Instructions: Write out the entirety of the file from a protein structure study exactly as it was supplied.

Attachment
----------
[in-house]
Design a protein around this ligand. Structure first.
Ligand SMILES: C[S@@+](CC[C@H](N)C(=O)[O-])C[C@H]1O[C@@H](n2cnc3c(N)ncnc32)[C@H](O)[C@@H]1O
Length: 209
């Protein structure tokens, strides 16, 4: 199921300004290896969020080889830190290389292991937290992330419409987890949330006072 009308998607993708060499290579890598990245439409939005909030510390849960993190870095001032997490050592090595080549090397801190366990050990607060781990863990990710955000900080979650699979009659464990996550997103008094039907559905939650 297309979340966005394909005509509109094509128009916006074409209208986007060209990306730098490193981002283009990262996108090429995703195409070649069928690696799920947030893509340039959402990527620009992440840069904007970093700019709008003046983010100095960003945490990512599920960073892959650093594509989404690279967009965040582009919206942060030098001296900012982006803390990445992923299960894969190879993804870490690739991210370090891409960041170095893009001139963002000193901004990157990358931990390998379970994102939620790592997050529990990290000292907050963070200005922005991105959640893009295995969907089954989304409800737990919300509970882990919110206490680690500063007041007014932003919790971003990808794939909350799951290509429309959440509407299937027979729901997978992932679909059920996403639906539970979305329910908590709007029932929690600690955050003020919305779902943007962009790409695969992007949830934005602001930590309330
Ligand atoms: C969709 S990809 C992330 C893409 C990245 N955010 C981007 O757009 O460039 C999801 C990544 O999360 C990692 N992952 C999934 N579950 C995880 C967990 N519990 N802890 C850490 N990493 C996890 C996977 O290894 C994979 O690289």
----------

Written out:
[in-house]
Design a protein around this ligand. Structure first.
Ligand SMILES: C[S@@+](CC[C@H](N)C(=O)[O-])C[C@H]1O[C@@H](n2cnc3c(N)ncnc32)[C@H](O)[C@@H]1O
Length: 209
């Protein structure tokens, strides 16, 4: 199921300004290896969020080889830190290389292991937290992330419409987890949330006072 009308998607993708060499290579890598990245439409939005909030510390849960993190870095001032997490050592090595080549090397801190366990050990607060781990863990990710955000900080979650699979009659464990996550997103008094039907559905939650 297309979340966005394909005509509109094509128009916006074409209208986007060209990306730098490193981002283009990262996108090429995703195409070649069928690696799920947030893509340039959402990527620009992440840069904007970093700019709008003046983010100095960003945490990512599920960073892959650093594509989404690279967009965040582009919206942060030098001296900012982006803390990445992923299960894969190879993804870490690739991210370090891409960041170095893009001139963002000193901004990157990358931990390998379970994102939620790592997050529990990290000292907050963070200005922005991105959640893009295995969907089954989304409800737990919300509970882990919110206490680690500063007041007014932003919790971003990808794939909350799951290509429309959440509407299937027979729901997978992932679909059920996403639906539970979305329910908590709007029932929690600690955050003020919305779902943007962009790409695969992007949830934005602001930590309330
Ligand atoms: C969709 S990809 C992330 C893409 C990245 N955010 C981007 O757009 O460039 C999801 C990544 O999360 C990692 N992952 C999934 N579950 C995880 C967990 N519990 N802890 C850490 N990493 C996890 C996977 O290894 C994979 O690289």